Volunteers help monitor Ohio’s bald eagle population


AVON LAKE, Ohio – There are now more than 800 breeding pairs of bald eagles in Ohio, according to the Ohio Division of Wildlife.


What do you want to know

  • Eagles were once endangered
  • Ohio Wildlife Division officials believe there are now more than 800 breeding pairs of bald eagles in Ohio
  • Stars and Stripes are a pair of eagles related to Avon Lake
  • Two eggs in the Stars and Stripes nest have hatched

The once federally endangered birds have come a long way, and experts say they are now thriving in the state.

This is partly due to many volunteers, like Cindy Duffala, who dedicate their time to surveying the skies and watching the iconic birds.

On any given day, Duffala can be found in a nest of Lake Avon bald eagles, watching and snapping photos of a pair of bonded eagles named Stars and Stripes.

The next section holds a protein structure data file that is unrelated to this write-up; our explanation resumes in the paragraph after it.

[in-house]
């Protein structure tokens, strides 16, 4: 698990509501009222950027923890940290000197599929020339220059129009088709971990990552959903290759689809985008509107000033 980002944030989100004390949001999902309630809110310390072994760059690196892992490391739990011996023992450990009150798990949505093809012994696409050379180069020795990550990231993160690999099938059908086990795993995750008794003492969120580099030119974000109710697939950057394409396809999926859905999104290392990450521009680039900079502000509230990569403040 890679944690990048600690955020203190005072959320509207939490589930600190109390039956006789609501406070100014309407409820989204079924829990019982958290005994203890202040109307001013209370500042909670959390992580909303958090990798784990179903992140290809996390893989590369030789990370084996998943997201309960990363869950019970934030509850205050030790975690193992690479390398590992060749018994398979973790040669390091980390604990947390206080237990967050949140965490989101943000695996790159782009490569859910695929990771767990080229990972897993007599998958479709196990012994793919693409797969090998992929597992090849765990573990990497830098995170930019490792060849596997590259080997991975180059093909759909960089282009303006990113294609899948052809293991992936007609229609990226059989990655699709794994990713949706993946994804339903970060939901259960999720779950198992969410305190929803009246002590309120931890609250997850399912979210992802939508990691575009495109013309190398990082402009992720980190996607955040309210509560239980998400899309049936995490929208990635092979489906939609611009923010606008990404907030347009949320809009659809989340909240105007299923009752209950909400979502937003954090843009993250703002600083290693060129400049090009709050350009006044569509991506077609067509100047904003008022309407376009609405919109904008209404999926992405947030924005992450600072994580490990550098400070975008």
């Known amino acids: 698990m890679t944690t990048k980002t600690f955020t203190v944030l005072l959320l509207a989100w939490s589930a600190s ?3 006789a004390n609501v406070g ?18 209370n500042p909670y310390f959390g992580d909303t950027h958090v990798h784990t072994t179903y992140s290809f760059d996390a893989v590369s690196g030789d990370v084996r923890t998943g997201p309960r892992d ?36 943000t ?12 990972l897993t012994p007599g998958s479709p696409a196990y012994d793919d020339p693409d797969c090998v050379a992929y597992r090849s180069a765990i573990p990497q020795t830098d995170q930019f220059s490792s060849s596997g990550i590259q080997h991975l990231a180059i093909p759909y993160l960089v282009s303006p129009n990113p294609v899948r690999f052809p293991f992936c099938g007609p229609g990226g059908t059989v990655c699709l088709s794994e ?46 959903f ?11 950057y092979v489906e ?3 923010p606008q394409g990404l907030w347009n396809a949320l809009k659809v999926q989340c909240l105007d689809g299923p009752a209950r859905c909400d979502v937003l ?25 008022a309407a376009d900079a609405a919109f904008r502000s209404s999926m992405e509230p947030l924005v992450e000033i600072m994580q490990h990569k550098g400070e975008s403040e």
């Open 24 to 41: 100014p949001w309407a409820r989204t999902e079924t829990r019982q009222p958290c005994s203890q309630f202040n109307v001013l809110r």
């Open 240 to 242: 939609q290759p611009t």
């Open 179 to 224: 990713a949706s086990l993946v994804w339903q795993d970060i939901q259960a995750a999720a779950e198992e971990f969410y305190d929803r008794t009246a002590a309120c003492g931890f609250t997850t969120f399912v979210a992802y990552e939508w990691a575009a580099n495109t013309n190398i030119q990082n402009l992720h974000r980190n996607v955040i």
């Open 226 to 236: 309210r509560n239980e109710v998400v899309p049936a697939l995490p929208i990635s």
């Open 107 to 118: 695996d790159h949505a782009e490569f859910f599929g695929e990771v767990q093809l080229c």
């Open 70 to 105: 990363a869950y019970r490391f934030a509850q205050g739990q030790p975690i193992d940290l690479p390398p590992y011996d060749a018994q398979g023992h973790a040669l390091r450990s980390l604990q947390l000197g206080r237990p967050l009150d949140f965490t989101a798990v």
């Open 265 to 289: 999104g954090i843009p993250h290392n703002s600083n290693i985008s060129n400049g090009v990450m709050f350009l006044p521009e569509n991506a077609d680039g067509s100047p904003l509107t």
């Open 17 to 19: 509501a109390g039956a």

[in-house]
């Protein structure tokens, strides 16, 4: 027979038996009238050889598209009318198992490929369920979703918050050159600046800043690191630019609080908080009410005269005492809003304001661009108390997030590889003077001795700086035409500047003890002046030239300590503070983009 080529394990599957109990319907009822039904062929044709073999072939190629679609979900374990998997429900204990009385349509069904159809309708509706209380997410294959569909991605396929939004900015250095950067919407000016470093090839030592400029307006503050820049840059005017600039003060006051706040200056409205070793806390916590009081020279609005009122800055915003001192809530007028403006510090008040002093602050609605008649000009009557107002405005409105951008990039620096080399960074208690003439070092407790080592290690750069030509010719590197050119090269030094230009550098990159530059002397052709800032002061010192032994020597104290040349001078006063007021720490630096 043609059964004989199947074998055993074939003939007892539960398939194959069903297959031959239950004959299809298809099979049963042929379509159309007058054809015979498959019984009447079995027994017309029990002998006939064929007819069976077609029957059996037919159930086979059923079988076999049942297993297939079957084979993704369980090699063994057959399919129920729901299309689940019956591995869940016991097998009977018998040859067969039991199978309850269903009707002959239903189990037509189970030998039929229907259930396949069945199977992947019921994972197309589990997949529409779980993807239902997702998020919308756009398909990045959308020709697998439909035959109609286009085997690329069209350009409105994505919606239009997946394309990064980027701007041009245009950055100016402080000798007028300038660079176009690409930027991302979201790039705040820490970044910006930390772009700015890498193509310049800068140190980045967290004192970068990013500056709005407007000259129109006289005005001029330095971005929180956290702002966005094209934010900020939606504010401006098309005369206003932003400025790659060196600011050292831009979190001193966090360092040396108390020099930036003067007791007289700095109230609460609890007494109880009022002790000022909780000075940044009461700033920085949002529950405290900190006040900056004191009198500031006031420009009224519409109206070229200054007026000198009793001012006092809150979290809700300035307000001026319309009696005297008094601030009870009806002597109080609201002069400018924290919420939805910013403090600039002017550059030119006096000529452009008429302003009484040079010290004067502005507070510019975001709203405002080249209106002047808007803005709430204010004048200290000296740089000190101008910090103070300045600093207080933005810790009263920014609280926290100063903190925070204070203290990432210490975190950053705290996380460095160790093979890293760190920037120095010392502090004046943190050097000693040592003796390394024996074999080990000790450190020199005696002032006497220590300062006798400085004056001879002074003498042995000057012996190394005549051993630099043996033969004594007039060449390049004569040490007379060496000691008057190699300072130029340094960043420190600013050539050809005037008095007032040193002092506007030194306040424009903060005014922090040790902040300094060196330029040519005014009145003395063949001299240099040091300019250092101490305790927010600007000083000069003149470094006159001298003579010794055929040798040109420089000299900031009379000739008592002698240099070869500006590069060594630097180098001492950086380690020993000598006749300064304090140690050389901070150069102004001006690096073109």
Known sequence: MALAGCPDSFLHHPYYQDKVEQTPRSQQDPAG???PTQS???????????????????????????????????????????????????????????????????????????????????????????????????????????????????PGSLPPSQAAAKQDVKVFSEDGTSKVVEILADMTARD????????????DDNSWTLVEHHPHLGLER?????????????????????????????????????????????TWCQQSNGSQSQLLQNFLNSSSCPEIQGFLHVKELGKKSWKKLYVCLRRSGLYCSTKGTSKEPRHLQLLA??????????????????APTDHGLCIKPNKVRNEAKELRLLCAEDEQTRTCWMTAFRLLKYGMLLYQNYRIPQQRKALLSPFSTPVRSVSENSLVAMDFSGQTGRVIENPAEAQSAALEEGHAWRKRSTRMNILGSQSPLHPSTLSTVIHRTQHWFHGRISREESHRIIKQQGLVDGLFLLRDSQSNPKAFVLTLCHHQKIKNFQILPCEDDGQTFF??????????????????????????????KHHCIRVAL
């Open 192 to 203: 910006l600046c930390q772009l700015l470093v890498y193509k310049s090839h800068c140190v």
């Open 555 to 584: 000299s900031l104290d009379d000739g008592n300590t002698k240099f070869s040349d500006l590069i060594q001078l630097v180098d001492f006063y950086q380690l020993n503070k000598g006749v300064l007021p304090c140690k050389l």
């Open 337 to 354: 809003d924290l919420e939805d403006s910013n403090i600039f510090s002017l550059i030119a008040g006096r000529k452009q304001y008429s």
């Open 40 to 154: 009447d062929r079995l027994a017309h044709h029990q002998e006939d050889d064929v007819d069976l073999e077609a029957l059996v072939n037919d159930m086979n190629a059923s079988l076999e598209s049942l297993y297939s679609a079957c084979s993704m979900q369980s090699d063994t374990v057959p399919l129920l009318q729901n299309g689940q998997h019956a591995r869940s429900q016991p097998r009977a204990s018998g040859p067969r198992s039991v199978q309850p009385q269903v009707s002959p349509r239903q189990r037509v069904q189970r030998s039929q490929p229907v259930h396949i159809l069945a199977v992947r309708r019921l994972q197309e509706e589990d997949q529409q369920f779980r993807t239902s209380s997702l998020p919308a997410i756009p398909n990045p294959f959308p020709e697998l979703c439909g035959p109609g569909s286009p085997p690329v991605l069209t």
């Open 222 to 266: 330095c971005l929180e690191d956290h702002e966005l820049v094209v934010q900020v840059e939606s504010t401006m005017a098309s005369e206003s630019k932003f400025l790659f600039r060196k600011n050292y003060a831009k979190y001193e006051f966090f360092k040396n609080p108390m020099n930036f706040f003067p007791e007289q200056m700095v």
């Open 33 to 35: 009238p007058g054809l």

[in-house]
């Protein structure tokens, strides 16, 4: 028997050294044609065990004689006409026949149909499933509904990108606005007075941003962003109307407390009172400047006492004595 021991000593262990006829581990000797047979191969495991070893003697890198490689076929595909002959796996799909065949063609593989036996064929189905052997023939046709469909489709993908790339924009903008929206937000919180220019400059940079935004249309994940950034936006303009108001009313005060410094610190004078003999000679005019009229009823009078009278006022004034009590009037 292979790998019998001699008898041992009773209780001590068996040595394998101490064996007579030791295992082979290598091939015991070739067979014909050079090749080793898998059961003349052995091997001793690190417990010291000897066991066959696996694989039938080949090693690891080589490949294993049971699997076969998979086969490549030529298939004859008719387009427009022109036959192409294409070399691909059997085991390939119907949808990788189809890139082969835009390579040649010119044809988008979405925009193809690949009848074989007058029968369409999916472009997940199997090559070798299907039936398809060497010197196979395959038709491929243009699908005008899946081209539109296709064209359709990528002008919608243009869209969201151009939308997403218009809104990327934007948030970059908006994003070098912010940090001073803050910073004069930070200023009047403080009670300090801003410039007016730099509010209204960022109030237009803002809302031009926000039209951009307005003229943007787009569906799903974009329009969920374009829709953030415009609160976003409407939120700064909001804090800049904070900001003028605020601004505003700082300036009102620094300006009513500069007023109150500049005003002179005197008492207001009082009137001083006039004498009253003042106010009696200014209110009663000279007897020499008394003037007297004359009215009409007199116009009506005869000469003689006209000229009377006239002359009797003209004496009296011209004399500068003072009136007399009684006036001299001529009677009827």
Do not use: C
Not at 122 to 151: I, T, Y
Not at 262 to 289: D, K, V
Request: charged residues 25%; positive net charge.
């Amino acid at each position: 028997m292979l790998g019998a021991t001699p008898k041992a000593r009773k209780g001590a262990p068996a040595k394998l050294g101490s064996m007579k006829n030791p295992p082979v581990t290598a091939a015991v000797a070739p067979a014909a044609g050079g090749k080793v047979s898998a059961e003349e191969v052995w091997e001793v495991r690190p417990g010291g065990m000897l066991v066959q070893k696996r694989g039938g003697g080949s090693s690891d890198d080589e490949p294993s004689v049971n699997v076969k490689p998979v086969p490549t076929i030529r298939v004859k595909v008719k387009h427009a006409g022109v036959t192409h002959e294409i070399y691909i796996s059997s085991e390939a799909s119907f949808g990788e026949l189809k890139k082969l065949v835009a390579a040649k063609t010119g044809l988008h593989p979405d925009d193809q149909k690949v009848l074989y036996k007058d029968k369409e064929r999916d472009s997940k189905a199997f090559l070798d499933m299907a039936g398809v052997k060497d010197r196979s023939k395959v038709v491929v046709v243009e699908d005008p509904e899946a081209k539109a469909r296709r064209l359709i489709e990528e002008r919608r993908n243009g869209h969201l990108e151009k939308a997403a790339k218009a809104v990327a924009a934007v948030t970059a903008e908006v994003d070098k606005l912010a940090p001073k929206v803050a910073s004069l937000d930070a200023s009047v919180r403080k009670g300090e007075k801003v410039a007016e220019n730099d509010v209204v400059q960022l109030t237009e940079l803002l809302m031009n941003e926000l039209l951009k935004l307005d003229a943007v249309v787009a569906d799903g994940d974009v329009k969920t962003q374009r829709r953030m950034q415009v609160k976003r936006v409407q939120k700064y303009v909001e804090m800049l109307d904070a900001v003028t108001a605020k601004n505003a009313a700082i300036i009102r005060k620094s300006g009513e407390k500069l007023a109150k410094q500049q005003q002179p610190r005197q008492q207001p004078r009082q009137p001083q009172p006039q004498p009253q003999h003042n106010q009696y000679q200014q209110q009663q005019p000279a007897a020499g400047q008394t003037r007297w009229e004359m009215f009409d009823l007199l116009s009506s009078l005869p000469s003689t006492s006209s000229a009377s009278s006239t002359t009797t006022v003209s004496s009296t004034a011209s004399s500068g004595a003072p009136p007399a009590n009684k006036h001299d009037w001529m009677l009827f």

She’s been watching this nest for years.

She said since 2015, 17 eagles have fledged and 20 eggs have been laid, not including three new eggs this season.

Two of the eggs hatched on April 10 and 11.

The new eaglets add to the growing number of bald eagles in Ohio.

Duffala continues to log their activities for the Facebook group she created called Avon Lake Bald Eagles Nest.

The page has nearly 4,500 dedicated followers.

“We have people all over the country, in the United States, and we have someone in the Netherlands,” Duffala said. “It’s just about keeping their history. We’re grateful that with the cameras we were able to know when the egg was laid, when it hatched, when it flew, all that kind of stuff.

There is now at least one bald eagle nest in the majority of Ohio counties.

In 2007, the US Fish and Wildlife Service removed the bald eagle from the federal endangered species list.

More information about Stars and Stripes can be found in the Facebook group.​

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